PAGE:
PITTSBURGH (June 22, 2017) ... The American Institute of Chemical Engineers (AIChE) selected Christopher Wilmer, assistant professor of chemical and petroleum engineering at the University of Pittsburgh, as its 2017 recipient of the Young Investigator Award for Modeling and Simulation. The AIChE Computational Molecular Science and Engineering Forum (CoMSEF) presents the award annually to one individual who received his/her highest degree within the past seven years.
"In the three years since Chris came to Pitt, I have watched him pursue research topics with the potential to have a profound impact on energy, the environment, and society as a whole," said Steven Little, the William Kepler Whiteford Professor and Chair of the Department of Chemical and Petroleum Engineering at Pitt. "By reaching so high, he has been able to accomplish so much during the very early stages of what promises to be an extraordinary career. The CoMSEF Young Investigator Award is one of the most prestigious honors in Chemical Engineering simulation and modeling, and truly reflects the breadth and depth of Chris' career over such a short period."
The AIChE CoMSEF Young Investigator Award for Modeling and Simulation accepts applicants throughout academia, industry, or government laboratories. According to AIChE, the award recognizes "outstanding research in computational molecular science and engineering, encompassing both methods and applications."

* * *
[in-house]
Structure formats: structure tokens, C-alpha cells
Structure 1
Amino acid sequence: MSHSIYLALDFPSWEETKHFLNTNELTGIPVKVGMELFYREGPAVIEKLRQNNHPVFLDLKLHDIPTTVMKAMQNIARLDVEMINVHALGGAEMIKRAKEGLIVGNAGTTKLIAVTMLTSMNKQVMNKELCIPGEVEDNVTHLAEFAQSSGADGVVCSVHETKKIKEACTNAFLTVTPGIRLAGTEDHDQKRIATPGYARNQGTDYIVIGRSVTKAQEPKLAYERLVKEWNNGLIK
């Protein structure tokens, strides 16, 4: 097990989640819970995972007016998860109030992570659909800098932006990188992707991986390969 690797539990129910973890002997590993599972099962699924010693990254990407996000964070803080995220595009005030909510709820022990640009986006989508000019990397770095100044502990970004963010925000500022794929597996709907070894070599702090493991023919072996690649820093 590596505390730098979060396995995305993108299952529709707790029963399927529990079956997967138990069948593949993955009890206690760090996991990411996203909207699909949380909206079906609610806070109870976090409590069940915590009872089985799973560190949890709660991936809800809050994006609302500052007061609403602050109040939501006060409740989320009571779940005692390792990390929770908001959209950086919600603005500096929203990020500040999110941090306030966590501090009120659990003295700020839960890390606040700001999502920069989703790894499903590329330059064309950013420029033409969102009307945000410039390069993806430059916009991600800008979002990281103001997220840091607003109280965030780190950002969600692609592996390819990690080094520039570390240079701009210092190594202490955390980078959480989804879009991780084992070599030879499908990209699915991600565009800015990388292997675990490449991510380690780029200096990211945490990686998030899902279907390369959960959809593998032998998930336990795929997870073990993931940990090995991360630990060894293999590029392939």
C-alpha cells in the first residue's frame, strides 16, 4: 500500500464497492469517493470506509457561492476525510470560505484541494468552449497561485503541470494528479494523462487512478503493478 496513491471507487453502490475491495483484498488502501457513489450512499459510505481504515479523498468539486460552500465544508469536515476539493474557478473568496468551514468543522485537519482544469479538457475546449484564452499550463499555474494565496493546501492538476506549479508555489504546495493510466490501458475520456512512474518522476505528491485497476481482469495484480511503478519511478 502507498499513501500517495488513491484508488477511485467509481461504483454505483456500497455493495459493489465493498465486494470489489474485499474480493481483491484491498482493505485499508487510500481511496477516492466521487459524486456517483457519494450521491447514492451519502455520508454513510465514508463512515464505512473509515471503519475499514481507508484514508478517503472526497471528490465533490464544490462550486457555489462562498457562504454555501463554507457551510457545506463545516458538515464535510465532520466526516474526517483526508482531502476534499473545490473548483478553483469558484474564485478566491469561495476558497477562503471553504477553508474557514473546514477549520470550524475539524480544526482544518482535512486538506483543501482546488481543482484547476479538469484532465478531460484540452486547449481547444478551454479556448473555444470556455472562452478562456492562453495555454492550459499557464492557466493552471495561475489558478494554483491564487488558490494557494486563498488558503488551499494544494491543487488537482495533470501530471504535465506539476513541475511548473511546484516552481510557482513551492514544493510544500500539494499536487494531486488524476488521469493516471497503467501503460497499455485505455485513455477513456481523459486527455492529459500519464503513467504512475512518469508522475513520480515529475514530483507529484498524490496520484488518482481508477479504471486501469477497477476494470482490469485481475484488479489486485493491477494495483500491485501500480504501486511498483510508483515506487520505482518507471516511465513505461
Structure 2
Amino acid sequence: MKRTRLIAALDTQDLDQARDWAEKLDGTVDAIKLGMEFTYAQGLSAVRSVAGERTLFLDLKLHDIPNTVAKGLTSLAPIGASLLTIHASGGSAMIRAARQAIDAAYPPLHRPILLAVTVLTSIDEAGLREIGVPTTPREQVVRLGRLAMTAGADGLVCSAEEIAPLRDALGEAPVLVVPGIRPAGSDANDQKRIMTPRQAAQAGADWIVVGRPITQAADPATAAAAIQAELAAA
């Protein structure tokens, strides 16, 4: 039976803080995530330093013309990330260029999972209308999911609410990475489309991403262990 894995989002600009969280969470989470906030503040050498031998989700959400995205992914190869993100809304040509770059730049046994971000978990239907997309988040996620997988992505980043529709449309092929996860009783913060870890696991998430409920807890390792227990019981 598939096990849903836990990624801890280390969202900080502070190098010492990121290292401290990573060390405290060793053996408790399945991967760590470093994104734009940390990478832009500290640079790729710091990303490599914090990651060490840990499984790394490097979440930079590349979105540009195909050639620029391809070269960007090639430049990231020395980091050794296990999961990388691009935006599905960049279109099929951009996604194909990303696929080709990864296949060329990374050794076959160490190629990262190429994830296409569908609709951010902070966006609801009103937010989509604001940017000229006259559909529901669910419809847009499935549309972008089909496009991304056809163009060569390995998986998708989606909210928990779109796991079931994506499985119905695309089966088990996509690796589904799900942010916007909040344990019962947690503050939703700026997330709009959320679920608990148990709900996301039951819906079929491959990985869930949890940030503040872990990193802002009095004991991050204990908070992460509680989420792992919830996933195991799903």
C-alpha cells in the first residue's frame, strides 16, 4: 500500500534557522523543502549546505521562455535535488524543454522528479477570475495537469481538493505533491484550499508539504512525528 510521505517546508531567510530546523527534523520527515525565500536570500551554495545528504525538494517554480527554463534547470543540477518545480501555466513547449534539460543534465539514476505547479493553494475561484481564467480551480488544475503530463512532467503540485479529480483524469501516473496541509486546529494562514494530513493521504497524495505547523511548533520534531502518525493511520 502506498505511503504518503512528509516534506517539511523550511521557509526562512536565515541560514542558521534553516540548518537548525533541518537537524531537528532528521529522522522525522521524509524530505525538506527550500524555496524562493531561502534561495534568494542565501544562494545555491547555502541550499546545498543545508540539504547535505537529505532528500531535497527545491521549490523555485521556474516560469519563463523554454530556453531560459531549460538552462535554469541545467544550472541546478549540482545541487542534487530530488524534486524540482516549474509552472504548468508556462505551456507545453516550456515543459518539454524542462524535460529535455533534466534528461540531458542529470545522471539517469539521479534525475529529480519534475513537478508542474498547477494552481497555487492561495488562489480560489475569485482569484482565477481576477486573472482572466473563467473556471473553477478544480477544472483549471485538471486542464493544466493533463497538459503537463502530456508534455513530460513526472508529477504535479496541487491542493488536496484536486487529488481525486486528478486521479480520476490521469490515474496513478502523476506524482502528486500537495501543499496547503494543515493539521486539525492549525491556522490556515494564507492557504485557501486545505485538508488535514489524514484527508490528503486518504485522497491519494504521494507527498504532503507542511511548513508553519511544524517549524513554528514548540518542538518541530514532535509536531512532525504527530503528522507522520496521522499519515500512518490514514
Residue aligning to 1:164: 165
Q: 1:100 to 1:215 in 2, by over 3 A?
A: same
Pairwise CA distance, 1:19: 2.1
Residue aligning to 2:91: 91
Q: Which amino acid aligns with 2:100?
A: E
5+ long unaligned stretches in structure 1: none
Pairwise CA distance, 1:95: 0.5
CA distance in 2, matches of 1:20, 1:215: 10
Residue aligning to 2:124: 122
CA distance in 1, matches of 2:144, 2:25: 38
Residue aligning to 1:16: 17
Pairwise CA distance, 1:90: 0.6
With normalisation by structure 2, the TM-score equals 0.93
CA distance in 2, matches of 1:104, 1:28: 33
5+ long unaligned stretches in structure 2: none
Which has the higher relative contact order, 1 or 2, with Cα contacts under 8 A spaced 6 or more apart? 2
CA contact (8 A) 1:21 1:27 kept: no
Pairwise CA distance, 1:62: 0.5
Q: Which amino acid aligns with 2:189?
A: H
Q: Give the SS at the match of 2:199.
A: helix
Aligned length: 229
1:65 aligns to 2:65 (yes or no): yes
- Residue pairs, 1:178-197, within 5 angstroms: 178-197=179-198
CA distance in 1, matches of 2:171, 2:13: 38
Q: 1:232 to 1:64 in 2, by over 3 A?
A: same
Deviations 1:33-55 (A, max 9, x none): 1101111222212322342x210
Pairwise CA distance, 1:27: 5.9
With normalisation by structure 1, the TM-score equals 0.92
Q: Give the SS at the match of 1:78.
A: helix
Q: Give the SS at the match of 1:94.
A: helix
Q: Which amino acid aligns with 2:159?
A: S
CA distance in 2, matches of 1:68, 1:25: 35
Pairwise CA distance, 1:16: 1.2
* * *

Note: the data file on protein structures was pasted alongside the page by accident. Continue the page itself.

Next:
In addition to the award, Dr. Wilmer will receive a plaque, honorarium, and invitation to give a talk within the CoMSEF Plenary session at the AIChE Annual Meeting in Minneapolis, Minn., this October. Dr. Wilmer is the fifth recipient of this award since its establishment in 2013.
About Dr. Wilmer
Dr. Wilmer's research focuses on the use of large-scale molecular simulations to help find promising materials for energy and environmental applications. He is the principal investigator of the Hypothetical Materials Lab at Pitt and leads his team in solving energy and environmental challenges with complex, hypothetical nanostructures called "molecular machines." He earned his bachelor's degree in applied science from the University of Toronto's Engineering Science--Nanoengineering program, and his PhD in Chemical Engineering at Northwestern under the mentorship of Prof. Randall Q. Snurr.
While at Northwestern, Dr. Wilmer took an interest in developing new technologies through entrepreneurship and co-founded NuMat Technologies, which designs porous materials that could be used to make better natural gas fuel tanks for vehicles. In 2012, the company won the Department of Energy's National Clean Energy Business Plan Competition, while Dr. Wilmer was named to Forbes' "30 Under 30 in Energy." He has authored more than 20 publications and holds more than 500 article citations. For more information visit Dr. Wilmer's website at http://www.